Writing a song is hard -- it’s gotta be poetry that people can dance and sing along to, or your label will drop you and you’ll be relegated to the one-hit wonder graveyard. As a result, a lot of people never stop dancing long enough to really listen to a song, or its meaning is intentionally obscured because it’s too much of a downer to make you boogie. We’ll tell you one thing: Lord Byron never had to deal with this.

“I Shot the Sheriff”

Bob Marley

(Ueli Frey/Wikimedia Commons)

A 2012 documentary revealed that lyrics like “Sheriff John Brown always hated me, for what, I don’t know/Every time I plant a seed, he said ‘Kill it before it grows’” referred to the doctor who prescribed birth control pills to Bob Marley’s girlfriend at the time, to Marley’s disapproval. He ended up having 11 children with various women, so that’s just greedy.

“Ticket to Ride”


(Library of Congress/Wikimedia Commons)

It sounds like a typical breakup song, and it pretty much is, but “Ticket to Ride” has two fairly immature double meanings, depending on which Beatle you asked. Paul McCartney thought they were talking about literally taking a train to a town named Ryde on the Isle of Wight, while John Lennon was writing about the health records carried by Hamburgian sex workers. Those guys really needed to communicate more.


Jolene wasn’t the name of a woman trying to take Dolly Parton’s man but an eight-year-old girl. Parton signed an autograph for her at a concert and thought she had such “beautiful red hair, this beautiful skin, these beautiful green eyes” and her name was so pretty that she decided to write a song about… a homewrecking skank.

“Pretty in Pink”

The fact that it was made famous by a movie whose plot hinges on a pink dress obscures the real meaning of pinkness in the song, which is nakedness. It’s about a few frequently naked, i.e. slutty, women known by the Psychedelic Furs’s Richard Butler, mashed into an amalgamation whose sluttiness “makes her feel empowered somehow and popular, and in fact, the people that she's sleeping with are laughing about her behind her back and talking about her.”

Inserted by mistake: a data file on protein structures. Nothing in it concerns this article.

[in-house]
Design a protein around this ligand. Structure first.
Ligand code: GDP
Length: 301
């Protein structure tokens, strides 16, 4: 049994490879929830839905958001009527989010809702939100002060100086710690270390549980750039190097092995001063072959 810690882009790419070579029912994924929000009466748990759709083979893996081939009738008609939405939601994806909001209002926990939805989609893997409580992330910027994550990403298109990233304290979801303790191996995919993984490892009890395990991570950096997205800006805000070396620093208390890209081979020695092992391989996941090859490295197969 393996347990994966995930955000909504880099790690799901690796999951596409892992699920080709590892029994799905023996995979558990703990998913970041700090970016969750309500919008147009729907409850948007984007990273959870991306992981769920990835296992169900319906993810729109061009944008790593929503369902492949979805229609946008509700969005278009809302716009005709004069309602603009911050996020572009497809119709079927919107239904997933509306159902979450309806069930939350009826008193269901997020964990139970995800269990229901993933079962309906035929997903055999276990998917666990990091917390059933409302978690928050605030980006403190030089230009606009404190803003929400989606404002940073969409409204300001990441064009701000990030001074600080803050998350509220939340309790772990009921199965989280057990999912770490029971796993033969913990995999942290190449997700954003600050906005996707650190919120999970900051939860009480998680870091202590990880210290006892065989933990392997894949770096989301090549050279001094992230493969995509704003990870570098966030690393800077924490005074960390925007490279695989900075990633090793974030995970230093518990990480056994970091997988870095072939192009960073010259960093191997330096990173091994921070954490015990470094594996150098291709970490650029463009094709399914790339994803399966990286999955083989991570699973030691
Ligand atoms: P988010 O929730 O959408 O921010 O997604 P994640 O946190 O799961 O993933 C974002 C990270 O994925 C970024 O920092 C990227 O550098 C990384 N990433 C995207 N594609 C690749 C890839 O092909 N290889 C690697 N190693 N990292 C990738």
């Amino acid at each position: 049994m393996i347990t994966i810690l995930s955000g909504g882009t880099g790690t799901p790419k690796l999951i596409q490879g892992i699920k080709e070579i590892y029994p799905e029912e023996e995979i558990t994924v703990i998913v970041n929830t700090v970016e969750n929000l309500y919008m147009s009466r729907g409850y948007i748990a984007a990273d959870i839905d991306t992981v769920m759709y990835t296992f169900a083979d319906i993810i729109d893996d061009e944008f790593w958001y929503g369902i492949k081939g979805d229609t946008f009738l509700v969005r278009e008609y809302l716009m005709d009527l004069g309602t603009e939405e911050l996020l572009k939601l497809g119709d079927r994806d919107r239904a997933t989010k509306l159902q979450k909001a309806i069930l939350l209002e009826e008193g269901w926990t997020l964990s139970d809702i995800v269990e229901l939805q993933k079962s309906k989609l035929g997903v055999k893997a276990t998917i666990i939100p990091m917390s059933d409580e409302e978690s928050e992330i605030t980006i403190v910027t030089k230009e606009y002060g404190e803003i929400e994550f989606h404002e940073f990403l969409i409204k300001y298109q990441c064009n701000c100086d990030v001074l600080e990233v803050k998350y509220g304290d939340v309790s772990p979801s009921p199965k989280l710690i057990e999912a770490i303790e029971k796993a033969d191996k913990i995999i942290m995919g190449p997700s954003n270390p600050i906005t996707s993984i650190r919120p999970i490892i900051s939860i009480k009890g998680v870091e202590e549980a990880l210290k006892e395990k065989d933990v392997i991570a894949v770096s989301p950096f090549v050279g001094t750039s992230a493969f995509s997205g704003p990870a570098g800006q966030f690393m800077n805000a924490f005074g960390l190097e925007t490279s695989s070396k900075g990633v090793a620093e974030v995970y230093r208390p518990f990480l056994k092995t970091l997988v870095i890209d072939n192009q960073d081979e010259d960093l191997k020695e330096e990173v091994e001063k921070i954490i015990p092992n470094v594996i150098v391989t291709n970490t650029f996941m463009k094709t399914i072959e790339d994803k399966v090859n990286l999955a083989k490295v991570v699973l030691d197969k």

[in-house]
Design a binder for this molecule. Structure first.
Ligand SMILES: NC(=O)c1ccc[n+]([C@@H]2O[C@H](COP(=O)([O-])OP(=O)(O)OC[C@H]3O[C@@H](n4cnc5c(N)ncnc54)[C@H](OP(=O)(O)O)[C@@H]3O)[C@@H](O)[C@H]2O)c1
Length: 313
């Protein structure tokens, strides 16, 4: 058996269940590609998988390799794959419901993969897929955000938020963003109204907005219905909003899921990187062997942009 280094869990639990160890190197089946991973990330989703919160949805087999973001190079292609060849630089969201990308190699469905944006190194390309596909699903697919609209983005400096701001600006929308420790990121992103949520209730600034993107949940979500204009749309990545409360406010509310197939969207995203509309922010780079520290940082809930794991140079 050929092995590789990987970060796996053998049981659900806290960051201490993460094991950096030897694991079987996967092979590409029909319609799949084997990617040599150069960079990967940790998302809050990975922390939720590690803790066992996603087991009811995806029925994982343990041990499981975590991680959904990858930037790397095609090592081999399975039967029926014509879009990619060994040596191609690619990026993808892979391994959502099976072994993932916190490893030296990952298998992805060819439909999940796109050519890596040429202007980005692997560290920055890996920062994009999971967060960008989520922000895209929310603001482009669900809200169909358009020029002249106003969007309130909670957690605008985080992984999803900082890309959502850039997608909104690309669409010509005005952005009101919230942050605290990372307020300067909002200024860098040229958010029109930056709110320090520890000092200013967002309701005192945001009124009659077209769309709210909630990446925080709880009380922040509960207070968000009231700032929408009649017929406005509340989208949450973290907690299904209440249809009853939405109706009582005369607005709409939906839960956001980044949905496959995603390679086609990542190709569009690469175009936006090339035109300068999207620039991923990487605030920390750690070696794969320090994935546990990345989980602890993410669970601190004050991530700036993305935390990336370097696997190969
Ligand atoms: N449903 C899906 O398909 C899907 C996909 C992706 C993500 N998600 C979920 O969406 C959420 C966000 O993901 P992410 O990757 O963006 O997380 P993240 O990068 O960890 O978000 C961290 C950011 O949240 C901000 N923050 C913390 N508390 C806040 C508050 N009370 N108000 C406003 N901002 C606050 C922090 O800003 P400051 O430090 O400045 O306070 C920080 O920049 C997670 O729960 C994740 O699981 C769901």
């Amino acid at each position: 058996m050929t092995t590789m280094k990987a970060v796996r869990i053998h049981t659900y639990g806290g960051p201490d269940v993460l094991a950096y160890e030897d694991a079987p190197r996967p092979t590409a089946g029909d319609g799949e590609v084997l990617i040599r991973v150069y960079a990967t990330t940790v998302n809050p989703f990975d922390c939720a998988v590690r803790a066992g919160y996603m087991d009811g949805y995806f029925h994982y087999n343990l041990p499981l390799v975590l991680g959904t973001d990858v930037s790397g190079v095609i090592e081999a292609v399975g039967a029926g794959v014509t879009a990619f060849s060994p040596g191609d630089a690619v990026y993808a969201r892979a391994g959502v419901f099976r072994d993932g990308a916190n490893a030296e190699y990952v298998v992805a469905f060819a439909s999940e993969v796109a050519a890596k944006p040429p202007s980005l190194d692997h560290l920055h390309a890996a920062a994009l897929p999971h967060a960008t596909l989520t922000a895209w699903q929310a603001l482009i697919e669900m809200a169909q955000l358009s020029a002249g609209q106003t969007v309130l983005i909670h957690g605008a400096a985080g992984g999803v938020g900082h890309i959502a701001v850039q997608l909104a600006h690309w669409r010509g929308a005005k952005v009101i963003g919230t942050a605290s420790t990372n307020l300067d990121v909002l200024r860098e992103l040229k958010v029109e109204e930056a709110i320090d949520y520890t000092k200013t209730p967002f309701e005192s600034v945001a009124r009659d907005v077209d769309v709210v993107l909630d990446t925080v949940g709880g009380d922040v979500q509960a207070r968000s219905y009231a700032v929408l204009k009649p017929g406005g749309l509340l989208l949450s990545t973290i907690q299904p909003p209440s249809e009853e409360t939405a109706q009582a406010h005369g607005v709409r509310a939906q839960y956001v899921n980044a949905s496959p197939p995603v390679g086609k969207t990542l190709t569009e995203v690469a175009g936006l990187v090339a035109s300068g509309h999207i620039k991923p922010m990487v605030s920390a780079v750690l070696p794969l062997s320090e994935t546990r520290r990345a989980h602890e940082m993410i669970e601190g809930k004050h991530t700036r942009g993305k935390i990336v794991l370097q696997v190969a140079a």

“Summer of ‘69”

Bryan Adams


The summer of 1969 was presumably romantically unexciting for Bryan Adams, who would have been nine years old, which is your first clue that the song isn’t about the year. It might have been initially, when the phrase was included as a throwaway line, but then Adams added “Me and my baby in a 69” at the end of the song and thought it was so funny that he started telling everyone it was about “making love a la 69,” so now you know he’s the kind of guy who says things like that.

“Born in the U.S.A.”

No matter how badly political rally organizers want it to be true, “Born in the U.S.A.” is not about how awesome it is to be American, which is obvious if you listen to any part of it that isn’t the words “Born in the U.S.A.” It’s about a Vietnam veteran who returns home to find himself unemployable and homeless, so maybe not something you want to bring up, politicians.

“All Star”

Smash Mouth


Why is the ice we skate getting so thin? Climate change. While Smash Mouth intended to write the song mostly as a message to fans who got rightfully bullied for being so into Smash Mouth, some clairvoyant spirit took control of their bodies and lines like “It’s a cool place and they say it gets colder/You’re bundled up now, wait ‘til you get older” sneaked in there. Feel free to comb the Smash Mouth catalog for other potential harbingers of doom.

Top image: Interscope/YouTube

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